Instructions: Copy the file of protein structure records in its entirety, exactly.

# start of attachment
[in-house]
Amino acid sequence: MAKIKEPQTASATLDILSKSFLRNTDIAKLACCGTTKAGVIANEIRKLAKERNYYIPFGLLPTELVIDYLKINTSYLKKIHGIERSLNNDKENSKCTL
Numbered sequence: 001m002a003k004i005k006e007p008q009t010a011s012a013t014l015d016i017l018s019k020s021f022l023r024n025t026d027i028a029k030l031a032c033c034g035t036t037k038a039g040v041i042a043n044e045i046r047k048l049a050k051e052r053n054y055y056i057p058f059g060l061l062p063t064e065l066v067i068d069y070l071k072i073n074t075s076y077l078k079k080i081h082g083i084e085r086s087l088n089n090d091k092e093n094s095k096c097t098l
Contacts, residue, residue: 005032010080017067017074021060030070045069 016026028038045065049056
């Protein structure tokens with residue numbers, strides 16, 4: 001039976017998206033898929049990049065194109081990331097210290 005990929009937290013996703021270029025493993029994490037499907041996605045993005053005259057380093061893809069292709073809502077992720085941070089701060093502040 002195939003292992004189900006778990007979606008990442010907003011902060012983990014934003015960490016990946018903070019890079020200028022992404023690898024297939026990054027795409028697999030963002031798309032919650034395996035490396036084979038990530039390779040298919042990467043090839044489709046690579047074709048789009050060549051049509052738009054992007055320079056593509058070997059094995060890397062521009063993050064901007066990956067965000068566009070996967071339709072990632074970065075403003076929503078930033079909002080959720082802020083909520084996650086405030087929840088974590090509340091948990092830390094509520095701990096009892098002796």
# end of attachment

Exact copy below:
[in-house]
Amino acid sequence: MAKIKEPQTASATLDILSKSFLRNTDIAKLACCGTTKAGVIANEIRKLAKERNYYIPFGLLPTELVIDYLKINTSYLKKIHGIERSLNNDKENSKCTL
Numbered sequence: 001m002a003k004i005k006e007p008q009t010a011s012a013t014l015d016i017l018s019k020s021f022l023r024n025t026d027i028a029k030l031a032c033c034g035t036t037k038a039g040v041i042a043n044e045i046r047k048l049a050k051e052r053n054y055y056i057p058f059g060l061l062p063t064e065l066v067i068d069y070l071k072i073n074t075s076y077l078k079k080i081h082g083i084e085r086s087l088n089n090d091k092e093n094s095k096c097t098l
Contacts, residue, residue: 005032010080017067017074021060030070045069 016026028038045065049056
């Protein structure tokens with residue numbers, strides 16, 4: 001039976017998206033898929049990049065194109081990331097210290 005990929009937290013996703021270029025493993029994490037499907041996605045993005053005259057380093061893809069292709073809502077992720085941070089701060093502040 002195939003292992004189900006778990007979606008990442010907003011902060012983990014934003015960490016990946018903070019890079020200028022992404023690898024297939026990054027795409028697999030963002031798309032919650034395996035490396036084979038990530039390779040298919042990467043090839044489709046690579047074709048789009050060549051049509052738009054992007055320079056593509058070997059094995060890397062521009063993050064901007066990956067965000068566009070996967071339709072990632074970065075403003076929503078930033079909002080959720082802020083909520084996650086405030087929840088974590090509340091948990092830390094509520095701990096009892098002796």